The Scramble for Africa is referred to as the period between 1881 and 1914 when European powers were dividing and colonizing African territories. It was during the era of ‘New Imperialism’ when European governments focused on enhancing their empires and acquiring territories around the world. They exploited the resources prevailing in underdeveloped countries, by asserting their governance over the regions.
The emergence of Scramble for Africa
In 1870, Africa had only 10% of its area under the control of Europe, but by 1914 over 90% of the continent was in the hands of different powers, leaving only Ethiopia, the Dervish state (part of present-day Somalia), and Liberia outside of European hands.
Africa was a land rich in mineral resources and ripe territories. Outsiders felt there was also a lack of civilization. This attracted colonial powers, to gain immense commercial profits. Colonial powers looked to assert their governance and utilize the vast potential prevailing in Africa for their own good. With a façade to develop culture, and rule over Africa only until the people are able to govern themselves, European rulers decided to invade and exploit the region.
One of the biggest draws was the presence of gold and diamond in the African countries, which were unavailable in Europe. European industry wanted to gain consumers in Europe for raw materials like copper, cotton, cocoa, rubber, palm oil, and even tea. Moreover, Egypt and South Africa had access to the sea which could help the powers access the world. The plentiful raw materials could be easily exported to other countries. The race for Africa had thus begun, and each power wanted to be the strongest and attain the largest profits. What came next was rapid industrialization in the African continent and numerous technological advancements. Transportation facilities of the territories had improved. Gradually, European industry grew dependent on the sea routes, with Britain building the southern and eastern coasts of Africa for its routes linked to Asia, especially the British Raj which ruled India.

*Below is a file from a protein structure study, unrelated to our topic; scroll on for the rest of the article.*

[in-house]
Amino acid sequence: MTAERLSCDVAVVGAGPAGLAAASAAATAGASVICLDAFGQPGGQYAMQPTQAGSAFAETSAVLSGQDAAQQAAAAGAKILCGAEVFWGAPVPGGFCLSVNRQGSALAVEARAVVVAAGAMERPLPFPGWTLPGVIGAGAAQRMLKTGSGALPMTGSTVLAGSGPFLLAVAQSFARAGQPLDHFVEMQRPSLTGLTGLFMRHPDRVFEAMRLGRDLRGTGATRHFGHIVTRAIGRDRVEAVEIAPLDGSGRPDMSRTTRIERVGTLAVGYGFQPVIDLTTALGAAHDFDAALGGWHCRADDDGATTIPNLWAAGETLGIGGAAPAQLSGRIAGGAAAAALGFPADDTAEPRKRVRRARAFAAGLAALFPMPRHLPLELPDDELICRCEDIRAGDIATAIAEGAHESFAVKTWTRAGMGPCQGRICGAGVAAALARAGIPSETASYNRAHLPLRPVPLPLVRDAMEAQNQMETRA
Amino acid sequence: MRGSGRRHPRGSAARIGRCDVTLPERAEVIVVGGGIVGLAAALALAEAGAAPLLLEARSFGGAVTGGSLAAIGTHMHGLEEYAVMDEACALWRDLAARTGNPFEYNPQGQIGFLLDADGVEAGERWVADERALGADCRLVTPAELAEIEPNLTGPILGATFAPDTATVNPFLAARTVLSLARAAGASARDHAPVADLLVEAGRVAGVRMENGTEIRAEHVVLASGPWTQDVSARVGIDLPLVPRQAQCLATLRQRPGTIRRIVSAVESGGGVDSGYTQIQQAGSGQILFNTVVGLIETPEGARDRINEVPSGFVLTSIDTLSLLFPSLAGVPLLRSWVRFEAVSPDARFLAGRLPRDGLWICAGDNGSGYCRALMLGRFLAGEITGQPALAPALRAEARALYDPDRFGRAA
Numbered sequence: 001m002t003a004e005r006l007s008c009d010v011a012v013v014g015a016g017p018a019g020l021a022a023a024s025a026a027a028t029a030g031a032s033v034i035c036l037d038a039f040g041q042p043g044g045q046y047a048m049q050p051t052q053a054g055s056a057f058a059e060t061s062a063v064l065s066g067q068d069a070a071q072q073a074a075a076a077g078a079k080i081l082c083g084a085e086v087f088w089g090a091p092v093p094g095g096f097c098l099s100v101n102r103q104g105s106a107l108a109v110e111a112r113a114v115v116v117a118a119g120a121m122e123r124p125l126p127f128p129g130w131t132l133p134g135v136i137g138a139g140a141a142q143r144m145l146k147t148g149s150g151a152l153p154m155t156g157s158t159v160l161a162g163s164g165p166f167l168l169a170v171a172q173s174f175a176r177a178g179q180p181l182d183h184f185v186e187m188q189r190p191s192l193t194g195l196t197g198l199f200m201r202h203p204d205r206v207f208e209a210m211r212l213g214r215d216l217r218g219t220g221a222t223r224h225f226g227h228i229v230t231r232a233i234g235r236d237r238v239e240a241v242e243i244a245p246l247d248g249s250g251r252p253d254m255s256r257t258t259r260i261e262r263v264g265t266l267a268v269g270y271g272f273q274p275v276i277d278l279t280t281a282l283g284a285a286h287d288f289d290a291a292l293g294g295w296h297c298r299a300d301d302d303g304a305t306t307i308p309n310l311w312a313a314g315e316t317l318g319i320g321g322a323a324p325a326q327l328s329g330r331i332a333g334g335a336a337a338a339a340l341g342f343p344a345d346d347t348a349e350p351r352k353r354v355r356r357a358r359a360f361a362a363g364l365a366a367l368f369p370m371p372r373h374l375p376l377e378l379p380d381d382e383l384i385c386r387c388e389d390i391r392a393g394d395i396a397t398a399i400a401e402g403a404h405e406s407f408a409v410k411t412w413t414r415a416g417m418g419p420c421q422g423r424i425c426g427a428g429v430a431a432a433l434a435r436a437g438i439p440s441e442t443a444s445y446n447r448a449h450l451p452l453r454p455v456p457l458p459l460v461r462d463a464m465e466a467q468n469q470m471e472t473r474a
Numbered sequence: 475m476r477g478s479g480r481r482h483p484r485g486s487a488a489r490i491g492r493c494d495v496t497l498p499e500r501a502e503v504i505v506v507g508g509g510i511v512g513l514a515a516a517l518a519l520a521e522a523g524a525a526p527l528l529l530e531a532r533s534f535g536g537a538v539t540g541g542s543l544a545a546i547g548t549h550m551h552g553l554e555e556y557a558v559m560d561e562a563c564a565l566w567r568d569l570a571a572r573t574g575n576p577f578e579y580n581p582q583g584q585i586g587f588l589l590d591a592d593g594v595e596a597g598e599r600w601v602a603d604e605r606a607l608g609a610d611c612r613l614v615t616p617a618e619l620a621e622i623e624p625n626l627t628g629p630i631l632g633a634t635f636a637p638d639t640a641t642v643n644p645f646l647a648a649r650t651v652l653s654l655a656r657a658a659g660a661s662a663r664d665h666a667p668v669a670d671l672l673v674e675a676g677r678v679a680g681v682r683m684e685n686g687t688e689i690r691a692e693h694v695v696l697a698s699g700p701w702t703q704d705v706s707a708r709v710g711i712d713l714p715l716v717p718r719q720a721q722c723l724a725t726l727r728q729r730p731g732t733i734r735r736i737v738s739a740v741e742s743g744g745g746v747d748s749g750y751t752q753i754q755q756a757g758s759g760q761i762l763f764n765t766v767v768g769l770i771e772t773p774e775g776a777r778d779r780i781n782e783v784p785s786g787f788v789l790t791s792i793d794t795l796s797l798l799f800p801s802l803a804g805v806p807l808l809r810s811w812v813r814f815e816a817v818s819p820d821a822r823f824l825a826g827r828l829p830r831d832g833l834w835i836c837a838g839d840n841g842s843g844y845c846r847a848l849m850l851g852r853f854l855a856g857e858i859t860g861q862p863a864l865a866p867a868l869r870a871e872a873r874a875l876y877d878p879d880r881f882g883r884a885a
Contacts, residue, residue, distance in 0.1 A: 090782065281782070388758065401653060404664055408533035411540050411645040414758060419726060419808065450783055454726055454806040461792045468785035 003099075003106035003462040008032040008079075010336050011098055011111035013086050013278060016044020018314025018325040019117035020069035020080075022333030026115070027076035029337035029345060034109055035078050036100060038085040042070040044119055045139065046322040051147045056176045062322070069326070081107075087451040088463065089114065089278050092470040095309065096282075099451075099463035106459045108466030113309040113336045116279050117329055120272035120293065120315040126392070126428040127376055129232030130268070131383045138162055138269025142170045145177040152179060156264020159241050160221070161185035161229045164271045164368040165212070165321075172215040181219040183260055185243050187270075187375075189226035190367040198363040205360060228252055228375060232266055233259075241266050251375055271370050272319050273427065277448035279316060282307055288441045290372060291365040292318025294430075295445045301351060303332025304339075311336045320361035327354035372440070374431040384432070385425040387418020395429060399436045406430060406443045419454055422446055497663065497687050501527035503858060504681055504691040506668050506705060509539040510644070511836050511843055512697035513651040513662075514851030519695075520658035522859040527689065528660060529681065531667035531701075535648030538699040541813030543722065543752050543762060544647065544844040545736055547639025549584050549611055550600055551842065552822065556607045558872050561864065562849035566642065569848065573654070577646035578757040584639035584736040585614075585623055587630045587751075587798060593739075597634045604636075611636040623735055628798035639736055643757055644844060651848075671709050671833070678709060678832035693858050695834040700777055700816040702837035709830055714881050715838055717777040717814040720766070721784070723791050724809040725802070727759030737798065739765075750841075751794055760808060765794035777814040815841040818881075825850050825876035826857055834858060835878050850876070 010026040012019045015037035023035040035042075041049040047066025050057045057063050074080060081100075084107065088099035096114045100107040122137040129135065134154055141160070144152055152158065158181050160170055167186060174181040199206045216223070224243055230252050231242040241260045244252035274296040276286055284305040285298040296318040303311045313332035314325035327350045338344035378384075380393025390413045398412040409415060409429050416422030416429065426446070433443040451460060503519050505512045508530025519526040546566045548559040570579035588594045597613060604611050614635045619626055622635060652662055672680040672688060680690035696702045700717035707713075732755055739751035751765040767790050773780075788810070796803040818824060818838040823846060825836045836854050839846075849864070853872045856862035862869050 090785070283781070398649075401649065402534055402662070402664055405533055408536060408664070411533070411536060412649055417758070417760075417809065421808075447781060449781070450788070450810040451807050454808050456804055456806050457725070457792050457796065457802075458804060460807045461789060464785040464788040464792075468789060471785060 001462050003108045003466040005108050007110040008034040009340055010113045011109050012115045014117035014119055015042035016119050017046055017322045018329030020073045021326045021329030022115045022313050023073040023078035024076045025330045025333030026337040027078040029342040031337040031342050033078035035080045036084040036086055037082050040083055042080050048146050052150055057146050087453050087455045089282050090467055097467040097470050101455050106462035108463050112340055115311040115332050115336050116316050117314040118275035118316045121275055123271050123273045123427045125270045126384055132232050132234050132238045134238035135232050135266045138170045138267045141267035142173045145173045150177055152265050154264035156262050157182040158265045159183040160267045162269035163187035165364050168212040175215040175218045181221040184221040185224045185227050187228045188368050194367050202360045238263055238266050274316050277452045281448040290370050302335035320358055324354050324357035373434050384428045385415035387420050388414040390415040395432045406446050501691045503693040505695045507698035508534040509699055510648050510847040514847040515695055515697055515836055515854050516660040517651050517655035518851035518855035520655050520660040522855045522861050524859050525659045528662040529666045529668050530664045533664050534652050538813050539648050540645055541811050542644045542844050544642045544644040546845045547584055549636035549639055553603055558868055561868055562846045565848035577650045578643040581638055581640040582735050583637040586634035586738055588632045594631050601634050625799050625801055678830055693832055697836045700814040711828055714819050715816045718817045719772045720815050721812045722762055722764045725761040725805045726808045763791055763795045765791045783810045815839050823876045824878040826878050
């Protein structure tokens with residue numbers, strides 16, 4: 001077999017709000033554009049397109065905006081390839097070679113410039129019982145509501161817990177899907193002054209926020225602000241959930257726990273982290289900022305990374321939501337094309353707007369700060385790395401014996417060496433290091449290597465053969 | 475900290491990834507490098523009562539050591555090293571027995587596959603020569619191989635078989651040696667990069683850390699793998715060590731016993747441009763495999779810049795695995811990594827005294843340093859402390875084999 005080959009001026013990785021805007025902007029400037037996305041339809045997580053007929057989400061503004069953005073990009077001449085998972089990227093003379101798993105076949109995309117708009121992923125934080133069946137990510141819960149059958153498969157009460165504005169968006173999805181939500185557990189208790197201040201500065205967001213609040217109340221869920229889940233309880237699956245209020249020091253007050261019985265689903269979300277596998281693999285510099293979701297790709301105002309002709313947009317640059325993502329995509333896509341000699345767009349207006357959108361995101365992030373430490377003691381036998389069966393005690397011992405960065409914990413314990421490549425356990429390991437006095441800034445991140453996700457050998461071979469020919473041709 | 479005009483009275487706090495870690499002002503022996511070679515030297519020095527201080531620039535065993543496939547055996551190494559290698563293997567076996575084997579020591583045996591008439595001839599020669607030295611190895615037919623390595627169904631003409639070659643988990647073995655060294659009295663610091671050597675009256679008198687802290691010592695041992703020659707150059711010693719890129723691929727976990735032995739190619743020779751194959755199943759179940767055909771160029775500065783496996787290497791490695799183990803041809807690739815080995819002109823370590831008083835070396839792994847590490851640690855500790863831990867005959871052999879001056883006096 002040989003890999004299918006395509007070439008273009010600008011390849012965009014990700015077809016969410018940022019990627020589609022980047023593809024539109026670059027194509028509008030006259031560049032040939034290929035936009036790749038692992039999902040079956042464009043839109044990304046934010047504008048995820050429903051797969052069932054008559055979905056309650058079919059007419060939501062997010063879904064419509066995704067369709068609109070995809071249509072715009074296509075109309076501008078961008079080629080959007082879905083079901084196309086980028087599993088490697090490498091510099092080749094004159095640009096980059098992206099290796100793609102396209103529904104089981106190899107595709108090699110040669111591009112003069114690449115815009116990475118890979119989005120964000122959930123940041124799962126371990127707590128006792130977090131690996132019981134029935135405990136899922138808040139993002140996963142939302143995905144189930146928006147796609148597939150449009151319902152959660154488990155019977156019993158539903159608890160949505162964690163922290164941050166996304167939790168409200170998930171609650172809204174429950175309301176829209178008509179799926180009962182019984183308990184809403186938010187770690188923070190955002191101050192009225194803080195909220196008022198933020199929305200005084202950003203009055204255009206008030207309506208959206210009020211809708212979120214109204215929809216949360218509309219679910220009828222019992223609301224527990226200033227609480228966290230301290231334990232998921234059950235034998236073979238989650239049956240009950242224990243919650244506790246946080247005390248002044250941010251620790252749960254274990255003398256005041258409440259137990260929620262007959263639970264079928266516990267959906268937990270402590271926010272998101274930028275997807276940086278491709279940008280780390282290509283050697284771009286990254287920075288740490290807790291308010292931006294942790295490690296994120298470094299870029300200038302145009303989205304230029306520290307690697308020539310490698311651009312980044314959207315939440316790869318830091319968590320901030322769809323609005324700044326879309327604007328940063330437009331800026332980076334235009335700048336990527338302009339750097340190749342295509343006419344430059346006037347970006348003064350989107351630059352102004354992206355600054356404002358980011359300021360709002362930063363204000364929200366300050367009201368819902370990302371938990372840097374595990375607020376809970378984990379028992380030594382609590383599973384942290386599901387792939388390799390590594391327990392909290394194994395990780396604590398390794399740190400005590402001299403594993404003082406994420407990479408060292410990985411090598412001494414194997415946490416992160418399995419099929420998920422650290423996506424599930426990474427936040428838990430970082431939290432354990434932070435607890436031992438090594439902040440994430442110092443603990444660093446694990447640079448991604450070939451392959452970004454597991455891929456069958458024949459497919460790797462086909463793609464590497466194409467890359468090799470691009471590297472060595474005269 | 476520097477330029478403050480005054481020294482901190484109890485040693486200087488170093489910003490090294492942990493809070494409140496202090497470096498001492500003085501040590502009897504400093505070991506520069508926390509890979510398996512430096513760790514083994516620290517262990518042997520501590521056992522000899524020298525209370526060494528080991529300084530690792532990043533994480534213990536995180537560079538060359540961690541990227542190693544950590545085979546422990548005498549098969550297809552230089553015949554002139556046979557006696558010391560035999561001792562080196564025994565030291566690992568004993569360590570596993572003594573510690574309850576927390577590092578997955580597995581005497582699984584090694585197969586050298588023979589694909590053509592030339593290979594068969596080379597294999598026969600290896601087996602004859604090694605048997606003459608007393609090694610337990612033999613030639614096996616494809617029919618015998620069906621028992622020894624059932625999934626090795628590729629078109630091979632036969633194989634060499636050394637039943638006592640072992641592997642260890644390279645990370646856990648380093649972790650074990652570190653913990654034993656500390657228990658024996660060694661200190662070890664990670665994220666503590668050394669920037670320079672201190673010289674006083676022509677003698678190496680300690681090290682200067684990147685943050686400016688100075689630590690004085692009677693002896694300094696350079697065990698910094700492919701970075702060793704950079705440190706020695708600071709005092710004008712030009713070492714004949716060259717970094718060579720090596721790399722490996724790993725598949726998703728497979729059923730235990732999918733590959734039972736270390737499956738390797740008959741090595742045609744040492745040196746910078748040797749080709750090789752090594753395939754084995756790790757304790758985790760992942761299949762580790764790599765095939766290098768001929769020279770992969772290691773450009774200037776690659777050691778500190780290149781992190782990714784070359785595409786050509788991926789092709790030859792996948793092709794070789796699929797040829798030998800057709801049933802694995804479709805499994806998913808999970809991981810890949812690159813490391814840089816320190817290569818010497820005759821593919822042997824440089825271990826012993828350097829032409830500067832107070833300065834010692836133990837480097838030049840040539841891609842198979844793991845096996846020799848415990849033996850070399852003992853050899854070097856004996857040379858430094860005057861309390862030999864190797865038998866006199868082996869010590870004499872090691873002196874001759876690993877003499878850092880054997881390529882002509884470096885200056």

Emergence of rivalry
Troubles between colonial powers like the UK, France, and Germany became evident. The Berlin Conference (1884-1885) was held to discuss the issues that were arising between nations. Convened by Otto von Bismarck, records suggest that the mediation was focused to resist European aggression which was leading to the exploitation of resources and African citizens. The Isthmus of the Suez Canal was the reason behind major clashes between the nations, as all wanted access to it. Diplomats then worked on strategic plans for the African scramble. Eventually, everyone decided that the neutrality of the Congo River had to be sustained for everyone to benefit from it. King Leopold II of Belgium was elected as the ruler of the region, on the condition that each power would be allowed free trade from the canal. Hence, the region near the sea was named “the Congo Free State”. Africa was divided and each region was designated to a particular power, so no conflicts arose. Numerous other strategies were laid in the Berlin Conference, to prevent any form of war within the European countries.
Despite the efforts, the resolutions were only partially upheld. Africa lost an abundance of its natural resources under European rule and the local economy was failing. Everyone observed the profits Europe had been attaining with the exploitation of African land and its citizens. Eventually, the African countries started to demand independence in the years following WW II, and by the end of the 1960s, the majority of the African nations had gained freedom and built their own governance.